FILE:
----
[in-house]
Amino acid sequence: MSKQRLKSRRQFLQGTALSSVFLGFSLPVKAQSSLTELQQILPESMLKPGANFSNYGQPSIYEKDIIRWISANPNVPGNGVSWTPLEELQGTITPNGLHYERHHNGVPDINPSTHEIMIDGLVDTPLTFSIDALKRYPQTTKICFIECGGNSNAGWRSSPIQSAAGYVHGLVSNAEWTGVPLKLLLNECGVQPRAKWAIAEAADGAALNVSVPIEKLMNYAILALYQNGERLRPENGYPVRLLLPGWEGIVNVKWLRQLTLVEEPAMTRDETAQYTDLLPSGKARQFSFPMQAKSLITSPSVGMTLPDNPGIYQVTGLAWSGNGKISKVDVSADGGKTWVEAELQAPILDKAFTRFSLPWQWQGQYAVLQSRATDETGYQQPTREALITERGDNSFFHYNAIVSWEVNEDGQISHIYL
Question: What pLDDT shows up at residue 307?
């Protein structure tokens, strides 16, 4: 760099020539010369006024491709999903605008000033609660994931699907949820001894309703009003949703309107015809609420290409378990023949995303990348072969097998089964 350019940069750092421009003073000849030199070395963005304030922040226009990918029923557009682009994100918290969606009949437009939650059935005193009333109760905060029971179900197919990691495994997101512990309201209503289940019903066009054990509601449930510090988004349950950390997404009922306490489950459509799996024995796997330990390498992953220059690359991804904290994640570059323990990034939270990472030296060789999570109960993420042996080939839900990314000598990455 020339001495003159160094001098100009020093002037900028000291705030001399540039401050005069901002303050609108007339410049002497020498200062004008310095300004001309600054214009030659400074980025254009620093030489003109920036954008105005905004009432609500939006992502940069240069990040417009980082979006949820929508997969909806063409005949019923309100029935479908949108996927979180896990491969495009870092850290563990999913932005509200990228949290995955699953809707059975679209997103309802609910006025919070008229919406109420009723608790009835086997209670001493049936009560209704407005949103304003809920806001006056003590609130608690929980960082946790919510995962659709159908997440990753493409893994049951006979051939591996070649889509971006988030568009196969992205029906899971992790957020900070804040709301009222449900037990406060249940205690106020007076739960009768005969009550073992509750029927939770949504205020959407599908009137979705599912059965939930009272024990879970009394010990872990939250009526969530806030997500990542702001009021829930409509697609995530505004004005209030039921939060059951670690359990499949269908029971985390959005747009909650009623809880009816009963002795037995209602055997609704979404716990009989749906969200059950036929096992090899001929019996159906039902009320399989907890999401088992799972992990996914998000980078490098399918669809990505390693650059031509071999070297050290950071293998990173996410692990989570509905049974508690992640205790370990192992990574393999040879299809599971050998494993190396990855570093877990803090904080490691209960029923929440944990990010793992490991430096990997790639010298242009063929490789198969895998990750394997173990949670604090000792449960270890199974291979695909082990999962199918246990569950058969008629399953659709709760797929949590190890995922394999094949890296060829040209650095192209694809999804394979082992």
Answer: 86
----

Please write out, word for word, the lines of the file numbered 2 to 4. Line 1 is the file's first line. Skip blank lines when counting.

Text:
Amino acid sequence: MSKQRLKSRRQFLQGTALSSVFLGFSLPVKAQSSLTELQQILPESMLKPGANFSNYGQPSIYEKDIIRWISANPNVPGNGVSWTPLEELQGTITPNGLHYERHHNGVPDINPSTHEIMIDGLVDTPLTFSIDALKRYPQTTKICFIECGGNSNAGWRSSPIQSAAGYVHGLVSNAEWTGVPLKLLLNECGVQPRAKWAIAEAADGAALNVSVPIEKLMNYAILALYQNGERLRPENGYPVRLLLPGWEGIVNVKWLRQLTLVEEPAMTRDETAQYTDLLPSGKARQFSFPMQAKSLITSPSVGMTLPDNPGIYQVTGLAWSGNGKISKVDVSADGGKTWVEAELQAPILDKAFTRFSLPWQWQGQYAVLQSRATDETGYQQPTREALITERGDNSFFHYNAIVSWEVNEDGQISHIYL
Question: What pLDDT shows up at residue 307?
């Protein structure tokens, strides 16, 4: 760099020539010369006024491709999903605008000033609660994931699907949820001894309703009003949703309107015809609420290409378990023949995303990348072969097998089964 350019940069750092421009003073000849030199070395963005304030922040226009990918029923557009682009994100918290969606009949437009939650059935005193009333109760905060029971179900197919990691495994997101512990309201209503289940019903066009054990509601449930510090988004349950950390997404009922306490489950459509799996024995796997330990390498992953220059690359991804904290994640570059323990990034939270990472030296060789999570109960993420042996080939839900990314000598990455 020339001495003159160094001098100009020093002037900028000291705030001399540039401050005069901002303050609108007339410049002497020498200062004008310095300004001309600054214009030659400074980025254009620093030489003109920036954008105005905004009432609500939006992502940069240069990040417009980082979006949820929508997969909806063409005949019923309100029935479908949108996927979180896990491969495009870092850290563990999913932005509200990228949290995955699953809707059975679209997103309802609910006025919070008229919406109420009723608790009835086997209670001493049936009560209704407005949103304003809920806001006056003590609130608690929980960082946790919510995962659709159908997440990753493409893994049951006979051939591996070649889509971006988030568009196969992205029906899971992790957020900070804040709301009222449900037990406060249940205690106020007076739960009768005969009550073992509750029927939770949504205020959407599908009137979705599912059965939930009272024990879970009394010990872990939250009526969530806030997500990542702001009021829930409509697609995530505004004005209030039921939060059951670690359990499949269908029971985390959005747009909650009623809880009816009963002795037995209602055997609704979404716990009989749906969200059950036929096992090899001929019996159906039902009320399989907890999401088992799972992990996914998000980078490098399918669809990505390693650059031509071999070297050290950071293998990173996410692990989570509905049974508690992640205790370990192992990574393999040879299809599971050998494993190396990855570093877990803090904080490691209960029923929440944990990010793992490991430096990997790639010298242009063929490789198969895998990750394997173990949670604090000792449960270890199974291979695909082990999962199918246990569950058969008629399953659709709760797929949590190890995922394999094949890296060829040209650095192209694809999804394979082992």